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Old 04-08-2011, 12:58 AM   #1
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Question Anyone Jeep Smart???

Have a 4" Fabtech short arm suspension lift on an 04' tj Sahara, I am not too mechanical and I just wanted to put some more heighth on without a body lift? I have heard talk about coil spacers? I really have no idea too much on the lift portion of how to raise it without spending a lot of $$$$. Any ideas is much needed :]

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Old 04-08-2011, 01:01 AM   #2
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Coil spacers can add about a 2' lift on ur jeep and it's cheap that's the best I can think of

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Old 04-08-2011, 01:11 AM   #3
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Coil spacers are cheap and easy. I am currently running a 4" RC lift with 3/4" coil spacers and have mild drive line vibration because I don't have a sye.
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Old 04-08-2011, 01:13 AM   #4
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ok thank you :] but as I am not too savoy at this probably due to me only being 17 and this is my first jeep.....SYE stands for????
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Old 04-08-2011, 01:20 AM   #5
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Slip yoke eliminator
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#83 Rubicon Sahara Edition
2'' Pro comp lift
MetalCloaks F&R w/ 6'' flare
UCF Diff covers
Currie Currectlync Steering
Cobra 75
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Old 04-08-2011, 01:21 AM   #6
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Thank you do these cost much?
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Old 04-08-2011, 01:27 AM   #7
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I believe they cost around $250 but I am not 100% on that since I don't have one. But I'm sure someone will chime in and help.
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UCF Diff covers
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Old 04-08-2011, 01:34 AM   #8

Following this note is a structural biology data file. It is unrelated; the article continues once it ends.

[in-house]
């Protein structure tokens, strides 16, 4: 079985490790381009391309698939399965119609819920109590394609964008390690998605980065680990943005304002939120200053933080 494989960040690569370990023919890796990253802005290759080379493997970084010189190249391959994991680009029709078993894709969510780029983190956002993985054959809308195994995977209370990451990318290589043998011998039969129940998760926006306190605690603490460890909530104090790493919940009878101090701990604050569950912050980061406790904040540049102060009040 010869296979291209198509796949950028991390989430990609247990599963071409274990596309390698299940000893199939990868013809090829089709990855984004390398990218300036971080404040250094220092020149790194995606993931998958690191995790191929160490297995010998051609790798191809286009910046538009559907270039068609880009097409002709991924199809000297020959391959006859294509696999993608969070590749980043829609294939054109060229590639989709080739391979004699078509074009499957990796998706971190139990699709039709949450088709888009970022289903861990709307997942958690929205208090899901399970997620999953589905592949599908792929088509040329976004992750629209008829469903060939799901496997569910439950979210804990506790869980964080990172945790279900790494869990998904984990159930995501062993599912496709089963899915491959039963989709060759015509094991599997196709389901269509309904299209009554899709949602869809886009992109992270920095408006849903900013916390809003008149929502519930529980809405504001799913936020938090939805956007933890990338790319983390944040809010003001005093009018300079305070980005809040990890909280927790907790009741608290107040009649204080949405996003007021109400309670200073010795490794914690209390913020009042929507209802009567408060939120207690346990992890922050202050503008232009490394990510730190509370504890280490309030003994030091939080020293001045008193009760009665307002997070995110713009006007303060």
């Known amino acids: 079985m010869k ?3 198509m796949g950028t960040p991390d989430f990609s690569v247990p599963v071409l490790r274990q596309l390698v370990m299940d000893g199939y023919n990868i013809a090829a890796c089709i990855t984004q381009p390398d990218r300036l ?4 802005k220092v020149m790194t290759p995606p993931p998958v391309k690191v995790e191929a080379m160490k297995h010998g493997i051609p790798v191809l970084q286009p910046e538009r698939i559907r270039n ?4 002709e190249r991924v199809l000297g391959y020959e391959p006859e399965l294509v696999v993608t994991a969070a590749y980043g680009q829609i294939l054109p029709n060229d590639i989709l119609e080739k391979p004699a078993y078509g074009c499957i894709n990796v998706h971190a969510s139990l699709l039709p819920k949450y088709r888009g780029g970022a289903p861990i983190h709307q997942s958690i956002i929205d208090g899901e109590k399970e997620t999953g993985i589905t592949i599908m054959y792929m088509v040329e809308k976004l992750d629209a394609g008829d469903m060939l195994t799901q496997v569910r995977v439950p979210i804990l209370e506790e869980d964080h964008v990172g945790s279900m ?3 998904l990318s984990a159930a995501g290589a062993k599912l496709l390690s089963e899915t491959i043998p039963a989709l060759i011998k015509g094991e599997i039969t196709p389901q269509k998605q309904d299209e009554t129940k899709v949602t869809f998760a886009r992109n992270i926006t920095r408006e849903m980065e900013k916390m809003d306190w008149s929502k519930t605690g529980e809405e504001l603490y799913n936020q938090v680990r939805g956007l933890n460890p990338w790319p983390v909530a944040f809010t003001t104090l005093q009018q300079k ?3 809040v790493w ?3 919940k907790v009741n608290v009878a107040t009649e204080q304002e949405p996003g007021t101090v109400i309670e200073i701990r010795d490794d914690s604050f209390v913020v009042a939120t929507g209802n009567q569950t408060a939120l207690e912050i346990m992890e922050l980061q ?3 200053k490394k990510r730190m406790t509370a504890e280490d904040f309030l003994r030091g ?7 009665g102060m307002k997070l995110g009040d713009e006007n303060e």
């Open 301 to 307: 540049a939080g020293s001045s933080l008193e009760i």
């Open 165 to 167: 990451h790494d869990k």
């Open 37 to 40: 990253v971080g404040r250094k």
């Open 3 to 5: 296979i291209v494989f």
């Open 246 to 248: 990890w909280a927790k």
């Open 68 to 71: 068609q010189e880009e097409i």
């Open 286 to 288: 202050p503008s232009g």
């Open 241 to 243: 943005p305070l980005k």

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Coil spacers are cheap. But a body lift WILL open a doorway to future mods you almost certainly will want to do. And if you keep it low brow. 1-1.25 . It won't cause any problems It's not something anyone will notice unless they own a jeep. It won't add to any driveline problems since you already have 4 inches and no sye. It's prolly your best bet. And they're only 150 bucks. Half a days pay.
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Old 04-08-2011, 07:43 AM   #9
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Quote:
Originally Posted by tjnut213 View Post
Have a 4" Fabtech short arm suspension lift on an 04' tj Sahara, I am not too mechanical and I just wanted to put some more heighth on without a body lift? I have heard talk about coil spacers? I really have no idea too much on the lift portion of how to raise it without spending a lot of $$$$. Any ideas is much needed :]
lots of bad info in this thread...lets fix that...

Spacers on top of lift springs is a horrible idea. You don't want to add 2" spacers on top of your 4" lift springs for multiple reasons.

First - what tire size do you expect to run? 35's are the largest you can run on stock axles (and thats modified with gears, alloy shafts & bigger brakes). You'd need 1-ton axles or other custom axles to safely run larger tires. You can fit 35's on the stock axles with proper modifications, like bumpstop extensions.